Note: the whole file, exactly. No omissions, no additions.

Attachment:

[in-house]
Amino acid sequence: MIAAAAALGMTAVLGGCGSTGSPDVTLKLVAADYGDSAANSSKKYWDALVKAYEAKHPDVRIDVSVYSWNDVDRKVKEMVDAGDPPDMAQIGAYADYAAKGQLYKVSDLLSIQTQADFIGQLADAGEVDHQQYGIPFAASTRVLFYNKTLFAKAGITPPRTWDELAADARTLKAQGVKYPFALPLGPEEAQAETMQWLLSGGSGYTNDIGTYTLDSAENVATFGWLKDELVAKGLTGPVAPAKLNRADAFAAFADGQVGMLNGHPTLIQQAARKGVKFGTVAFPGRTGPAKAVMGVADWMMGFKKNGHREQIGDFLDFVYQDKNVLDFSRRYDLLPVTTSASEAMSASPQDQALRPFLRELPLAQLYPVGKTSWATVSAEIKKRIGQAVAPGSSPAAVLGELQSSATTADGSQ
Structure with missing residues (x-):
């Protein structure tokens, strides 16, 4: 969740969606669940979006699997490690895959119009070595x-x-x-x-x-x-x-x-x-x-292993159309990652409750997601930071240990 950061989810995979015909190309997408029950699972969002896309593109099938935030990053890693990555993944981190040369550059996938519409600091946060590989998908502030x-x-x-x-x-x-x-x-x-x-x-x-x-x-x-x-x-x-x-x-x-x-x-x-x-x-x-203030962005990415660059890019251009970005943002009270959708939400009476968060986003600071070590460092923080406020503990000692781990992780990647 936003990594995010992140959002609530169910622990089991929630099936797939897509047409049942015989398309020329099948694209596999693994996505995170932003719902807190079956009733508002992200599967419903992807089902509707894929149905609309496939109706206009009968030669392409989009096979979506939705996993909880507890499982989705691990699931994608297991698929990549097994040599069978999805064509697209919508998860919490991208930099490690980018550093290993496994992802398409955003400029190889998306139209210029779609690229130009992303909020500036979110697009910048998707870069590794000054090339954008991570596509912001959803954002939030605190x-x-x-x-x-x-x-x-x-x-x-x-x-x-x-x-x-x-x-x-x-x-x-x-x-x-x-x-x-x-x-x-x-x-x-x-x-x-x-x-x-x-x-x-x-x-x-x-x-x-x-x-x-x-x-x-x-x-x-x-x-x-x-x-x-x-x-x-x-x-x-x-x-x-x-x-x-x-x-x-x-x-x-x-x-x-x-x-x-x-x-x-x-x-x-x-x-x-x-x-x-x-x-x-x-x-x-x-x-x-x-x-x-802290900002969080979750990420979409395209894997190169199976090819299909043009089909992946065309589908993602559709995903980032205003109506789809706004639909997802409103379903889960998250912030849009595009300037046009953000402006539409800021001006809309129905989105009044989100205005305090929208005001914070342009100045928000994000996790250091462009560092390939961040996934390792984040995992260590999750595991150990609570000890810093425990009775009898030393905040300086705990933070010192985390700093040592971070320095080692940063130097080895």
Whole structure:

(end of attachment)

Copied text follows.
[in-house]
Amino acid sequence: MIAAAAALGMTAVLGGCGSTGSPDVTLKLVAADYGDSAANSSKKYWDALVKAYEAKHPDVRIDVSVYSWNDVDRKVKEMVDAGDPPDMAQIGAYADYAAKGQLYKVSDLLSIQTQADFIGQLADAGEVDHQQYGIPFAASTRVLFYNKTLFAKAGITPPRTWDELAADARTLKAQGVKYPFALPLGPEEAQAETMQWLLSGGSGYTNDIGTYTLDSAENVATFGWLKDELVAKGLTGPVAPAKLNRADAFAAFADGQVGMLNGHPTLIQQAARKGVKFGTVAFPGRTGPAKAVMGVADWMMGFKKNGHREQIGDFLDFVYQDKNVLDFSRRYDLLPVTTSASEAMSASPQDQALRPFLRELPLAQLYPVGKTSWATVSAEIKKRIGQAVAPGSSPAAVLGELQSSATTADGSQ
Structure with missing residues (x-):
């Protein structure tokens, strides 16, 4: 969740969606669940979006699997490690895959119009070595x-x-x-x-x-x-x-x-x-x-292993159309990652409750997601930071240990 950061989810995979015909190309997408029950699972969002896309593109099938935030990053890693990555993944981190040369550059996938519409600091946060590989998908502030x-x-x-x-x-x-x-x-x-x-x-x-x-x-x-x-x-x-x-x-x-x-x-x-x-x-x-203030962005990415660059890019251009970005943002009270959708939400009476968060986003600071070590460092923080406020503990000692781990992780990647 936003990594995010992140959002609530169910622990089991929630099936797939897509047409049942015989398309020329099948694209596999693994996505995170932003719902807190079956009733508002992200599967419903992807089902509707894929149905609309496939109706206009009968030669392409989009096979979506939705996993909880507890499982989705691990699931994608297991698929990549097994040599069978999805064509697209919508998860919490991208930099490690980018550093290993496994992802398409955003400029190889998306139209210029779609690229130009992303909020500036979110697009910048998707870069590794000054090339954008991570596509912001959803954002939030605190x-x-x-x-x-x-x-x-x-x-x-x-x-x-x-x-x-x-x-x-x-x-x-x-x-x-x-x-x-x-x-x-x-x-x-x-x-x-x-x-x-x-x-x-x-x-x-x-x-x-x-x-x-x-x-x-x-x-x-x-x-x-x-x-x-x-x-x-x-x-x-x-x-x-x-x-x-x-x-x-x-x-x-x-x-x-x-x-x-x-x-x-x-x-x-x-x-x-x-x-x-x-x-x-x-x-x-x-x-x-x-x-x-802290900002969080979750990420979409395209894997190169199976090819299909043009089909992946065309589908993602559709995903980032205003109506789809706004639909997802409103379903889960998250912030849009595009300037046009953000402006539409800021001006809309129905989105009044989100205005305090929208005001914070342009100045928000994000996790250091462009560092390939961040996934390792984040995992260590999750595991150990609570000890810093425990009775009898030393905040300086705990933070010192985390700093040592971070320095080692940063130097080895």
Whole structure: